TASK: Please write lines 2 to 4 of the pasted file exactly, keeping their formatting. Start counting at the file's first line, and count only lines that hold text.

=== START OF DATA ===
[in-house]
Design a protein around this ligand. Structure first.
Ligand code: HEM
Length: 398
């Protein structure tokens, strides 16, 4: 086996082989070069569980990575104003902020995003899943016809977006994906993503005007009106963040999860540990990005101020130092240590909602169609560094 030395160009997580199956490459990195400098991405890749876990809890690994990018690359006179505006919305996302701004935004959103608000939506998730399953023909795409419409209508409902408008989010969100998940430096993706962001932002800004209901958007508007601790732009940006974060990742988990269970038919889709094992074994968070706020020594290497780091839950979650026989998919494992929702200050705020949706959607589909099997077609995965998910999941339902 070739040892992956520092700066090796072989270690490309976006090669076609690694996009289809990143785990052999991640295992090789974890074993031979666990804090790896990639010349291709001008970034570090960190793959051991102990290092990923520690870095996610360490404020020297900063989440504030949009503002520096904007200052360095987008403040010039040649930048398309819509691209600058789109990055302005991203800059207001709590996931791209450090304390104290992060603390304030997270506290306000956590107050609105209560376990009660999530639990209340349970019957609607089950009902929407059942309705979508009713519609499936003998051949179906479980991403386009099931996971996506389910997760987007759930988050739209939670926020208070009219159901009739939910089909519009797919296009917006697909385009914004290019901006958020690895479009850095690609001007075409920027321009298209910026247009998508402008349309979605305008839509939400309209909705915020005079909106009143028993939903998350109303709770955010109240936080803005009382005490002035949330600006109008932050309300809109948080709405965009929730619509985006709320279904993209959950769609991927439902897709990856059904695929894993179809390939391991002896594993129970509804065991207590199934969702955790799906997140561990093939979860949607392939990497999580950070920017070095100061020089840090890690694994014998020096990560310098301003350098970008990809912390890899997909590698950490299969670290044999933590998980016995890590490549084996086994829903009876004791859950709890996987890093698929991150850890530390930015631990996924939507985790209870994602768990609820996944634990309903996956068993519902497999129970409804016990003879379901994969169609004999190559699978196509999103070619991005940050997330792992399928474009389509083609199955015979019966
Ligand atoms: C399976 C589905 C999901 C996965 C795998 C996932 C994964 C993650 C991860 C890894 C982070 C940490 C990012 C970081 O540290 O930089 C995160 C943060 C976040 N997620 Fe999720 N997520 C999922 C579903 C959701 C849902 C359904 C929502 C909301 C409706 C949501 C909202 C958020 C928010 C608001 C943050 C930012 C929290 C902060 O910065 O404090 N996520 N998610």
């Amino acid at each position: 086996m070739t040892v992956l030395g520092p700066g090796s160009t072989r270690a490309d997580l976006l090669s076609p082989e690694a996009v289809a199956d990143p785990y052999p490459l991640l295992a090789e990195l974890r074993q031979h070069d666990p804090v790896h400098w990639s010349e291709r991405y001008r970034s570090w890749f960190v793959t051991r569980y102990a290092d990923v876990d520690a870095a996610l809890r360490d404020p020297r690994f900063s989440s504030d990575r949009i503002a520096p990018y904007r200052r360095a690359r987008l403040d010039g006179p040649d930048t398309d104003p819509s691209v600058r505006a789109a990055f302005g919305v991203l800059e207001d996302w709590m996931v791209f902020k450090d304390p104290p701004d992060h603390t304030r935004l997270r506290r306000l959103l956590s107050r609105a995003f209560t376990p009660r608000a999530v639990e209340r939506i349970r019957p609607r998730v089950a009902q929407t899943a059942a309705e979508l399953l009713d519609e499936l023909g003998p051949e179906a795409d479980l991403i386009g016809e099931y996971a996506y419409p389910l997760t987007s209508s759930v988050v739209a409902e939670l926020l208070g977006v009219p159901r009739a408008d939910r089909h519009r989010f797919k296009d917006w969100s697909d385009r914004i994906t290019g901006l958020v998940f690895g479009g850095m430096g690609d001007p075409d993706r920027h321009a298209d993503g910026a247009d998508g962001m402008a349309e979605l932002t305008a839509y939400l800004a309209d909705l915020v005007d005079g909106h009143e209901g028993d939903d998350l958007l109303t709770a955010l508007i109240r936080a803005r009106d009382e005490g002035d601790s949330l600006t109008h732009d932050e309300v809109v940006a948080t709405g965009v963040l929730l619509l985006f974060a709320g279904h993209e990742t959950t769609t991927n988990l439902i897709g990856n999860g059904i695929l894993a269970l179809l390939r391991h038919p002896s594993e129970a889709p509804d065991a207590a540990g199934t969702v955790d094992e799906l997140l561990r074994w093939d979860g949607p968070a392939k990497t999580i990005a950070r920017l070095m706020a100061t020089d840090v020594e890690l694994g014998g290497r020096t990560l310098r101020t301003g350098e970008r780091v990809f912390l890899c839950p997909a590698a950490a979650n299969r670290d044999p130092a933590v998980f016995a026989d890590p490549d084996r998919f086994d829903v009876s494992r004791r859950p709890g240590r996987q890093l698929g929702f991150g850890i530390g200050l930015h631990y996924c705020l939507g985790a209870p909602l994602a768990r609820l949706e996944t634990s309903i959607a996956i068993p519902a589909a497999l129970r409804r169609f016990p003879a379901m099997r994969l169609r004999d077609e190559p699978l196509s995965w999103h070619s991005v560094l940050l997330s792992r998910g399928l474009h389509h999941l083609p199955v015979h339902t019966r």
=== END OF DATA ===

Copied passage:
Design a protein around this ligand. Structure first.
Ligand code: HEM
Length: 398